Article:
Children don’t have time for the pain—of shots

by Tom Ulrich on May 14, 2012

Feeling "a little" pinch is a small price to pay for good healthcare. But we can do more to reduce the discomfort. (UNICEF Sverige/Flickr)

I remember distinctly both of my boys’ 4-month-old well visits. Mostly because of the shots: all four of them.

Neither boy was particularly happy about being poked that much (though the shiny Band-Aids afterward did help a little).

My wife and I would have loved to help ease the pain of the shots, but we didn’t have any idea how. Frankly, I don’t know that, in the moment, it crossed our minds that there was something we could do, and it wasn’t something we thought to ask our pediatrician about. I mean, it was just a little bit of pain, right?

The problem, though, is that those little bits of pain add up. “Millions of injections are given to children around the world every year,” says Neil Schechter, MD, a pain specialist in Boston Children’s Hospital’s Anesthesia Department. Schechter recently published an article in Pediatrics where he commented that while we’ve come a long way in the last 50 years in understanding and addressing pain in children—especially after surgery or due to chronic illness—pain in the pediatric office hasn’t received the same level of attention.

“The pain from shots and other minor procedures in a pediatrician’s office doesn’t have the same poignancy as pain in an inpatient setting,” he says, “but it is still pain. And if we want to encourage patients’ and families’ cooperation and participation in routine healthcare, we want to keep pain to a minimum.”

My older son (now a second grader) napping after his 15 month well visit. Note the shiny Band-Aid on his leg.

It’s not that we lack methods for reducing pain from injection or small procedures in the office setting, even if the evidence for some of them is more anecdotal than objective. There are many local anesthetics that can be put on the skin to numb the feeling of a shot, but they can take some time to kick in. Giving a baby a little sugar water or letting him or her breast feed during the shot(s) can help. Putting pressure on the arm or leg (depending on the child’s age) around the injection site can lessen the feeling of a shot. And though it seems counter intuitive, so does the use of longer needles: “Short needles don’t get far enough into muscle,” Schechter explains.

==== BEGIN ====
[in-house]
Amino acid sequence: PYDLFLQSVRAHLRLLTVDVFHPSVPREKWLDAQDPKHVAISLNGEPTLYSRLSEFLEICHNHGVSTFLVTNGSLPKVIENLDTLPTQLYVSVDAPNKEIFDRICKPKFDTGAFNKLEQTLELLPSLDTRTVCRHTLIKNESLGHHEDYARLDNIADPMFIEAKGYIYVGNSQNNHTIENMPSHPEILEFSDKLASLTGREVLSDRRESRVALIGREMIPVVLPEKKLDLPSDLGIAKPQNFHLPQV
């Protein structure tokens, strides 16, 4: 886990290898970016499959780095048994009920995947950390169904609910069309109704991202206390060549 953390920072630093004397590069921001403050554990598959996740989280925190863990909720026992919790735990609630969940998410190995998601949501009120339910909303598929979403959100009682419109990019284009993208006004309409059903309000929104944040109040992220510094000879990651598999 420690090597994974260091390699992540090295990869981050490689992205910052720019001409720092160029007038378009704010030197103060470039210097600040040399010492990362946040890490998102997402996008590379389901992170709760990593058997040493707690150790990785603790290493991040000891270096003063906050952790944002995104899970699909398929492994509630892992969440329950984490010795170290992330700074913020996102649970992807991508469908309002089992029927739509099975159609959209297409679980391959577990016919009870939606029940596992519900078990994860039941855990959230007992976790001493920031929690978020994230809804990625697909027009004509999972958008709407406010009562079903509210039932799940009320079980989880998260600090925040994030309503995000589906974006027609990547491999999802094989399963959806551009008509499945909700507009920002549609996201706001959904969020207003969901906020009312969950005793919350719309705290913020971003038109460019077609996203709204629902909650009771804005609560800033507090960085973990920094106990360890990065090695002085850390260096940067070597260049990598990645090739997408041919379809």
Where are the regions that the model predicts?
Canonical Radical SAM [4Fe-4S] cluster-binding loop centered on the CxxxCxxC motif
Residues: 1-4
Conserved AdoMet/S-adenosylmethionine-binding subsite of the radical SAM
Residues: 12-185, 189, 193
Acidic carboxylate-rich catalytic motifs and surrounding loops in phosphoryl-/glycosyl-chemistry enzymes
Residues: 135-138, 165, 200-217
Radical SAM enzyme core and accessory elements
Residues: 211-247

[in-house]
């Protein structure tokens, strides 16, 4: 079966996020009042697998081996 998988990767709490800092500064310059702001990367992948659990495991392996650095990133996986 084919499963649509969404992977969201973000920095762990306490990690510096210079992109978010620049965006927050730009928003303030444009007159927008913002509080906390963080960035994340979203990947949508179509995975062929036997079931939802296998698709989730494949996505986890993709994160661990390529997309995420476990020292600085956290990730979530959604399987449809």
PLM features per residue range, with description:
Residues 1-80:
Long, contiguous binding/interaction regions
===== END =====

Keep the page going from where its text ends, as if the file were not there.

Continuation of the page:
And then there is distraction—engaging the child with a game or a book—to turn their attention away from what’s going on. (Schechter showed me a video in which the pediatrician runs a vibrating toy up and down a little girl’s upper arm, telling her to say, “elbow” when he reaches her elbow. She’s so absorbed in the game that she doesn’t even notice the nurse giving her a pair of shots in her other arm.)

“You don’t want to start talking about the procedure too far ahead of time, nor too close to when it will happen; that can actually increase anxiety and pain.”

Parents can also play a huge role in making doctors’ visits less painful. For instance, parents’ demeanor at the time of a shot has an impact. “Sometimes parents can be overly apologetic or empathetic, or take a more critical, ‘tough it out’ approach. Both can make the child more anxious,” Schechter warns. “The best attitude is probably one that is more matter of fact.”

Preparing a child ahead of time can work, too, though timing it right can be tricky. “You don’t want to start talking about the procedure too far ahead of time, nor too close to when it will happen; that can actually increase anxiety and pain,” Schechter says. “In the end, parents know how their child will react and are best equipped to prepare their child.”

So the methods are there, but why aren’t they used in pediatrician’s offices more often? That’s something Schechter is trying to understand better. “Some of these methods can be time consuming, and can add to the cost of a visit,” he says, based on surveys his team has conducted over the last few years. “The logistics of using local anesthetics, for example, can be challenging because sometimes it can take a little while for them to take effect.

“At the same time, we know from our work here that, with education, practices can successfully employ these methods to the satisfaction of both families and staff,” he continues. “It can sometimes take a few extra minutes or a second staff member in the room, but it’s worth it to, in the long run, avoid anxiety for the whole family about going to the doctor.”

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